‘Gorgeous’ Rare Female Black Jaguar Cub Is Born at England’s Big Cat Sanctuary

By Louise Bevan
Louise Bevan
Louise Bevan
Louise Bevan is a writer, born and raised in London, England. She covers inspiring news and human interest stories.
June 1, 2021 Updated: June 1, 2021

A rare female black jaguar cub, with a coloration seen in only 10 percent of wild jaguars, was born at The Big Cat Sanctuary in Kent, England.

Keepers were “over the moon” at the new arrival of the feline on April 6, Briony Smith, curator at the sanctuary, said in a statement.

“I cannot believe how quickly she is developing compared to other big cat cubs, and this seems to be normal for jaguars,” she added.

Epoch Times Photo
A rare jaguar cub born at The Big Cat Sanctuary. (Courtesy of The Big Cat Sanctuary)

The “gorgeous girl” was born with her eyes open at 11.10 a.m. and was walking well by 2 weeks of age. She was “tearing around the dens” shortly thereafter.

The cub’s mother, Keira, was born at Paradise Wildlife Park in Hertfordshire in 2017. Keira and a black jaguar, Neron—from whom the cub gets her coloration—were paired in 2019, and were enlisted into the European Endangered Species Breeding Program in an effort to elevate jaguars out of “near threatened” status.

This cub is their first together.

Epoch Times Photo
Neron the cub’s father. (Courtesy of The Big Cat Sanctuary)
Epoch Times Photo
Keira, the cub’s mother. (Courtesy of The Big Cat Sanctuary)

Keepers have been weighing, monitoring, and socializing with the baby jaguar, who appears to be in great health.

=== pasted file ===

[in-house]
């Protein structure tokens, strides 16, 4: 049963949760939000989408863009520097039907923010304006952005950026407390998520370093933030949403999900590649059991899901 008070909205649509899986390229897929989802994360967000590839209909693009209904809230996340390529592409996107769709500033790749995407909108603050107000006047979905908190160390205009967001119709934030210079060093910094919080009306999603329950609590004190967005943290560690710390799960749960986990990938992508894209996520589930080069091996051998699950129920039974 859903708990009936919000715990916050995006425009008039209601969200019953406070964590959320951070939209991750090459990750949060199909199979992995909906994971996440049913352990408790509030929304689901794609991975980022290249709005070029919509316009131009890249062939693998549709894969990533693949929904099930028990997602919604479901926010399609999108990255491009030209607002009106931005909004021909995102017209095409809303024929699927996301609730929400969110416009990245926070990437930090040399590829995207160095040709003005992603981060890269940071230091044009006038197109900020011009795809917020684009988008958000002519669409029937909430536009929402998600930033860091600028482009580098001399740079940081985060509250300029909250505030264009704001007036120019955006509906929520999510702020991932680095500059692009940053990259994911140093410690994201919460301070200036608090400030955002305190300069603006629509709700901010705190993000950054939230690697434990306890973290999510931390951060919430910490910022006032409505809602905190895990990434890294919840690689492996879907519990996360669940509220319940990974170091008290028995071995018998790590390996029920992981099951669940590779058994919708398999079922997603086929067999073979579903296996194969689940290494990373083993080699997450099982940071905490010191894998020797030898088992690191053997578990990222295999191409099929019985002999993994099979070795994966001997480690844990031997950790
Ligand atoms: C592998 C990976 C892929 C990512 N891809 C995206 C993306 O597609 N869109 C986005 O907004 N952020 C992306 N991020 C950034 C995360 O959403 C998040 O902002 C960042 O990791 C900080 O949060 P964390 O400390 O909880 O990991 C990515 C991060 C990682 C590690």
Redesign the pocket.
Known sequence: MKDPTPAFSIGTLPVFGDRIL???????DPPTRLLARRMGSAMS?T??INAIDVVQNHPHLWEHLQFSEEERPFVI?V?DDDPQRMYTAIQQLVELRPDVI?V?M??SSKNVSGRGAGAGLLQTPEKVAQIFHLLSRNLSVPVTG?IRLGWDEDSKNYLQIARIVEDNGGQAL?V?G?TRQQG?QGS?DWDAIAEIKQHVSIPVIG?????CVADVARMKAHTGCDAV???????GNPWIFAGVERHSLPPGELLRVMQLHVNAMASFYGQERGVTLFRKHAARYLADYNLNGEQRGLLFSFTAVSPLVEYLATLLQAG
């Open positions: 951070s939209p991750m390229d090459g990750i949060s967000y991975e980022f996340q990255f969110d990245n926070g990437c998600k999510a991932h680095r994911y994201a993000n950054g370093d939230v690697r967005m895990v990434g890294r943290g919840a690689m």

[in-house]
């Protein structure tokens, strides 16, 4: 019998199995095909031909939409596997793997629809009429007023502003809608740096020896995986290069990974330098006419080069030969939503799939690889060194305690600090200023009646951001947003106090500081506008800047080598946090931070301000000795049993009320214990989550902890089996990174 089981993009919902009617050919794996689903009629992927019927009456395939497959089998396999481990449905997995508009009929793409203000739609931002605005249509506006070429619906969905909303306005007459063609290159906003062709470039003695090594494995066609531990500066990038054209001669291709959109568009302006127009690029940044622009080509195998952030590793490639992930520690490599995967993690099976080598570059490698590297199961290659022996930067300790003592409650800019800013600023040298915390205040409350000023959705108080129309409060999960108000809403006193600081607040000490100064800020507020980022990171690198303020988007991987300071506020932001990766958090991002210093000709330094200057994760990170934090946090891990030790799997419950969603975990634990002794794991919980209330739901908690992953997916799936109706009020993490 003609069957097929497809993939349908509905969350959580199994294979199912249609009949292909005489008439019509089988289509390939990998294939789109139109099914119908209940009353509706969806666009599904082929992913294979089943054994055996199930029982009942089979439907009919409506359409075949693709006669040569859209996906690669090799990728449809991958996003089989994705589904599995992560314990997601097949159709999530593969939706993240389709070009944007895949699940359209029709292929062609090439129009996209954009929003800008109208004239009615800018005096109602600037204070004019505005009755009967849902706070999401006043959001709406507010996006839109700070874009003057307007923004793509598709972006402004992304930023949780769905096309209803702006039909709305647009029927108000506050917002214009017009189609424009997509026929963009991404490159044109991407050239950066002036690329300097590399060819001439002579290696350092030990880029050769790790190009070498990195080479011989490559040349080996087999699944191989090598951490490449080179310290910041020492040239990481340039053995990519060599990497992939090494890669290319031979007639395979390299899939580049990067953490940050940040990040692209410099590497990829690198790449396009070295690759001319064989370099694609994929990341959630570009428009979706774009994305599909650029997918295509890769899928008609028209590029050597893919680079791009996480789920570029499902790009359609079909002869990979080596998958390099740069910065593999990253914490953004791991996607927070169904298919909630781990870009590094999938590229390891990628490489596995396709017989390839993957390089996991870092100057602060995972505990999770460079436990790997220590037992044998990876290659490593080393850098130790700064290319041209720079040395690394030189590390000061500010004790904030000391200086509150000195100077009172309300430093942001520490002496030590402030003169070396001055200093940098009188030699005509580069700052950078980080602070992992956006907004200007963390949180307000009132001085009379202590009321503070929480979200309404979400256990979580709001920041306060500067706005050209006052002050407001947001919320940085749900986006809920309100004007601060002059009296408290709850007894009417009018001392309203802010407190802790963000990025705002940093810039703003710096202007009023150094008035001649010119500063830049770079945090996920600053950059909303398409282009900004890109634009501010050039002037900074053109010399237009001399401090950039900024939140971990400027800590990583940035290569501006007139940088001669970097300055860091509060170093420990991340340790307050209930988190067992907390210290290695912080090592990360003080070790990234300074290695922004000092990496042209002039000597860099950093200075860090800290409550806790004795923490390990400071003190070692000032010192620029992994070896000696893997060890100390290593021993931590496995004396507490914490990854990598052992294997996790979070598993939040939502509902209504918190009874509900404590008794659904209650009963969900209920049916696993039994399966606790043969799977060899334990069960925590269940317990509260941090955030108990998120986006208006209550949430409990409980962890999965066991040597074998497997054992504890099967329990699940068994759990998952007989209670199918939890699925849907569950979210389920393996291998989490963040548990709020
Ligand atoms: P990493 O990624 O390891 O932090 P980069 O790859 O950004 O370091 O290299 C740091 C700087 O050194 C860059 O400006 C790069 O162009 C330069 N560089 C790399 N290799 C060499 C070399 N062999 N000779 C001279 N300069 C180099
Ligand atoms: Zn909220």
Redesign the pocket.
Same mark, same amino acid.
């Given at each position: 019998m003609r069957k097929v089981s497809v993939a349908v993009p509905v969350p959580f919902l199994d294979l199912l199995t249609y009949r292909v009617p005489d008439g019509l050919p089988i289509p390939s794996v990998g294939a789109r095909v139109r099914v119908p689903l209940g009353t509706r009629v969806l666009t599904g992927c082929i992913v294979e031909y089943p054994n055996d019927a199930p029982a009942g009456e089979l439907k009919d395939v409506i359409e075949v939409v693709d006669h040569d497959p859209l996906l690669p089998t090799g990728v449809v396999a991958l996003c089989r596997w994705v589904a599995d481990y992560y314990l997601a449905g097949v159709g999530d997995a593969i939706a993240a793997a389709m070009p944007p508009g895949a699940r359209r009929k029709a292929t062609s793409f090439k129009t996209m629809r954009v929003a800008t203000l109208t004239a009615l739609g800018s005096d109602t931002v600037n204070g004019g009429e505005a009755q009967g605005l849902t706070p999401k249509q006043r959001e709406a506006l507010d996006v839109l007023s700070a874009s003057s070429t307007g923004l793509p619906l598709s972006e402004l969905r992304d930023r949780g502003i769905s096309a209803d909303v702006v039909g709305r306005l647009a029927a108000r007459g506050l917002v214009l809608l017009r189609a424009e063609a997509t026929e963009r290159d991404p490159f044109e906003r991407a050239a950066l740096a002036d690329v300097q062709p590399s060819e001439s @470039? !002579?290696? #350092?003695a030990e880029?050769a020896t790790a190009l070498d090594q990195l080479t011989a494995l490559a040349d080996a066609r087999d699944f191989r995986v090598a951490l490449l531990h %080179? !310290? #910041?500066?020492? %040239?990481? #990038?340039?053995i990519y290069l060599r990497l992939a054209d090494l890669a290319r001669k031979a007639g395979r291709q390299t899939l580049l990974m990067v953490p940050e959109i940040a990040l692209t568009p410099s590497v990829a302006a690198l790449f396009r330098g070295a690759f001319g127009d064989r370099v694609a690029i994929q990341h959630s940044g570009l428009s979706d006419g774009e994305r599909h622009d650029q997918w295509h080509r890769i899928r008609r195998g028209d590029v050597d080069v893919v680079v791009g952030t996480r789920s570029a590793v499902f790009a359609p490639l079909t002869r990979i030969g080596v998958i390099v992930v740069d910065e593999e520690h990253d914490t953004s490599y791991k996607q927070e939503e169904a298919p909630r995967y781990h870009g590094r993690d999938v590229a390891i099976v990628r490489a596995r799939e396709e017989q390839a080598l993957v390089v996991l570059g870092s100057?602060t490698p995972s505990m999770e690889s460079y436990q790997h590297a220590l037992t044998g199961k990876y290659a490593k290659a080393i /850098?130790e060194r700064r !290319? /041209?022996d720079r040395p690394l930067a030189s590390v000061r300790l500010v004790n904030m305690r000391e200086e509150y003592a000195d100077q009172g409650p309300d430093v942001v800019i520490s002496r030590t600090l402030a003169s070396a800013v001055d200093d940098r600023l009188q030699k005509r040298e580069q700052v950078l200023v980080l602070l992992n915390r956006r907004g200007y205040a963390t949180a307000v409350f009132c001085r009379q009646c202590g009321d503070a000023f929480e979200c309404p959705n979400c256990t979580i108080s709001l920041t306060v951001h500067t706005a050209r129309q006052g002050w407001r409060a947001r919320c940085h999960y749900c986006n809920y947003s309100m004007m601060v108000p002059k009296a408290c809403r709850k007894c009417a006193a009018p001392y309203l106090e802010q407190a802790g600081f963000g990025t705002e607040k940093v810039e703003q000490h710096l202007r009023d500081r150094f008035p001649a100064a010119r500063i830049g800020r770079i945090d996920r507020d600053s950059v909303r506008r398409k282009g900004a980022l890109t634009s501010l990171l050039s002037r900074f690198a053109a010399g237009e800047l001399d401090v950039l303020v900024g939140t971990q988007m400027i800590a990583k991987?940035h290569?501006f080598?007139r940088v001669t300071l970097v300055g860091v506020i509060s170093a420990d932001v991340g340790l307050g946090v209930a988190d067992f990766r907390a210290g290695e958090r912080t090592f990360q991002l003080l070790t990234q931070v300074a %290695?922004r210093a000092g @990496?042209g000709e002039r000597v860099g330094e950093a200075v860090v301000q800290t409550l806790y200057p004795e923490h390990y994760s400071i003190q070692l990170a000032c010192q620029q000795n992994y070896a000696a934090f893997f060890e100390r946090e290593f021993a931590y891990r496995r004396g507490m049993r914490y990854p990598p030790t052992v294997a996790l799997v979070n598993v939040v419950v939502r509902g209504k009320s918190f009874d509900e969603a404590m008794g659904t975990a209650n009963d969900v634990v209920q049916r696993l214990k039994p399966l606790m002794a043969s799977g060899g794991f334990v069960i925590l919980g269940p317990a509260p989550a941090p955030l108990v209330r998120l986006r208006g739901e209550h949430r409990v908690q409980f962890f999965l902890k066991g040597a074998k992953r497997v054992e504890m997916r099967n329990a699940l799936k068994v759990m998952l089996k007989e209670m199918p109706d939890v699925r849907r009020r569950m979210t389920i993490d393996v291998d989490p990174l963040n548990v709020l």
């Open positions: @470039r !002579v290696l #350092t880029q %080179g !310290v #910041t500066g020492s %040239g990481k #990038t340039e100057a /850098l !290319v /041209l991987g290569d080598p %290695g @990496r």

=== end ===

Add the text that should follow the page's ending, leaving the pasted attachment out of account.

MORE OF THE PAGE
During her 4-week health check, the cub weighed in at just over 3 kilos (6.6 pounds), an ideal weight for her age. Vets were impressed by her strength, size, and stockiness, crediting Keira for being an incredible mom.

“By all accounts, the way things are going at the moment, she’s going to be a very healthy and happy individual,” said Giles Clark, the sanctuary’s Director of Big Cats and Conservation.

Epoch Times Photo
(Courtesy of The Big Cat Sanctuary)

The world’s remaining 170,000 wild jaguars are mostly concentrated in Brazil, according to World Wildlife Fund.

The jaguar is listed as “near threatened” on the IUCN Red List of Threatened Species. Deforestation for logging and cattle ranching remains a major threat to their ongoing survival in the wild.

Epoch Times Photo
The cub’s parents, Keira and Neron. (Courtesy of The Big Cat Sanctuary)

The arrival of The Big Cat Sanctuary’s jaguar cub is a boon for the species. The cub, said Smith, has “bags of attitude especially when her mother decides it’s bath time and is outgoing and very curious.”

The sanctuary currently refers to the cub as “baby” but has asked its supporters to help choose her name. The front-running name options that have been provided are Killari, Inka, and Inti. Supporters can vote by donating 5 pounds (approx. US$7) to the sanctuary, with 25 percent of the proceeds going toward jaguar conservation in Costa Rica. The voting period ends on Aug. 1.

Epoch Times Photo
(Courtesy of The Big Cat Sanctuary)

Until the sanctuary opens to the general public in August, the cub is enjoying bonding time with Keira in a private enclosure.

“It is an absolute pleasure to watch her grow and develop,” Smith shared. “I can’t wait for the public to be able to see her when she is allowed out to explore her enclosure.”

Watch the video:

(Courtesy of The Big Cat Sanctuary)

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Louise Bevan
Louise Bevan
Louise Bevan is a writer, born and raised in London, England. She covers inspiring news and human interest stories.